icon bookmark-bicon bookmarkicon cameraicon checkicon chevron downicon chevron lefticon chevron righticon chevron upicon closeicon v-compressicon downloadicon editicon v-expandicon fbicon fileicon filtericon flag ruicon full chevron downicon full chevron lefticon full chevron righticon full chevron upicon gpicon insicon mailicon moveicon-musicicon mutedicon nomutedicon okicon v-pauseicon v-playicon searchicon shareicon sign inicon sign upicon stepbackicon stepforicon swipe downicon tagicon tagsicon tgicon trashicon twicon vkicon yticon wticon fm
17 Apr, 2014 09:25

Brunei’s plan to stone gays riles UN

Brunei’s plan to stone gays riles UN

The Sultan of Brunei has announced that those committing same sex relations could be stoned to death. The draconian law has brought condemnation from the UN, with the tiny Asian oil rich nation having a virtual moratorium on the death penalty since 1957.

Homosexuality has long been a criminal offence in Brunei, which is situated on the island of Borneo, with a penalty of 10 years in prison previously handed out for the offence. However, stoning is now set to be allowed for a range of sexual offences, such as rape, adultery, sodomy, extramarital sexual relations. The law is planned to come into force on April 22.

The United Nations has been very critical of the move, with Rupert Colville, a spokesman for the Office of the UN High Commissioner for Human Rights saying, “the application of the death penalty for such a broad range of offenses contravenes international law.” The death sentence could also be imposed for insulting any verses of the Quran and Hadith, blasphemy, declaring oneself a prophet or non-Muslim, and murder. The new law will only apply to Muslims, who make up about two thirds of a total population of just over 400,000.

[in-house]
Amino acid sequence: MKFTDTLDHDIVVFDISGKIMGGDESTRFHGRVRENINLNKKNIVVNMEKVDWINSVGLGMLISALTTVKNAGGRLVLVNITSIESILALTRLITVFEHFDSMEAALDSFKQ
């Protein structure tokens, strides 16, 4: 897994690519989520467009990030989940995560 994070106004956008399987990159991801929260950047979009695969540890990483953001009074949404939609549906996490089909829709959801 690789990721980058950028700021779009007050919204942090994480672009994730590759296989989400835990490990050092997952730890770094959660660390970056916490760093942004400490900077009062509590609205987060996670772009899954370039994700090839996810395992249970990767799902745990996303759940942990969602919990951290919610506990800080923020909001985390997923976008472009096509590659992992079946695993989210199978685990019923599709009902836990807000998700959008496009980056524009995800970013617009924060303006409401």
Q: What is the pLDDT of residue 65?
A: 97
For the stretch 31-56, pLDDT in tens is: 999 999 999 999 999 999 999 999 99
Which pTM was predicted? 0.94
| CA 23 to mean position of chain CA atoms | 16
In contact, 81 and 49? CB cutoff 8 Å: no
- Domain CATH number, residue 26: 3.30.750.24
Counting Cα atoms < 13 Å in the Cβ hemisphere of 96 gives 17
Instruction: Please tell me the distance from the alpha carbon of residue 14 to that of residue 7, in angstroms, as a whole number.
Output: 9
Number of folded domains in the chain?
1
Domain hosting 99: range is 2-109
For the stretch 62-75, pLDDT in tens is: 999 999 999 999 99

Speaking at a conference in Geneva, Coville urged the Brunei government to conduct a comprehensive review of their planned law saying, “under international law, stoning people to death constitutes torture or other cruel, inhuman or degrading treatment or punishment and is thus clearly prohibited.”

A change in Brunei’s criminal code to introduce stoning was first mooted in October 2013. The Sultan, Hassanal Bolkiah, who has ruled the country since 1967 has been keen to introduce sharia law, to strengthen Islam within the nation.

Brunei practices a more conservative form of Islam than neighboring Malaysia and Indonesia, although they ban the sale and public consumption of alcohol and closely restrict other religions.

The use of stoning as a punishment is allowed in just a handful of countries around the world. In February, a couple were stoned to death for adultery in a remote area of Pakistan's western Baluchistan province.

Uganda recently passed a law to impose life sentences for those caught committing homosexual acts, while a leading Kenyan MP said that homosexuality in Kenya “is as bad a problem as terrorism.” The country has been recently hit by a spate of violence by Al-Qaeda linked Somali Islamist militants, who have carried out attacks in retaliation for Kenya's intervention in neighboring Somalia.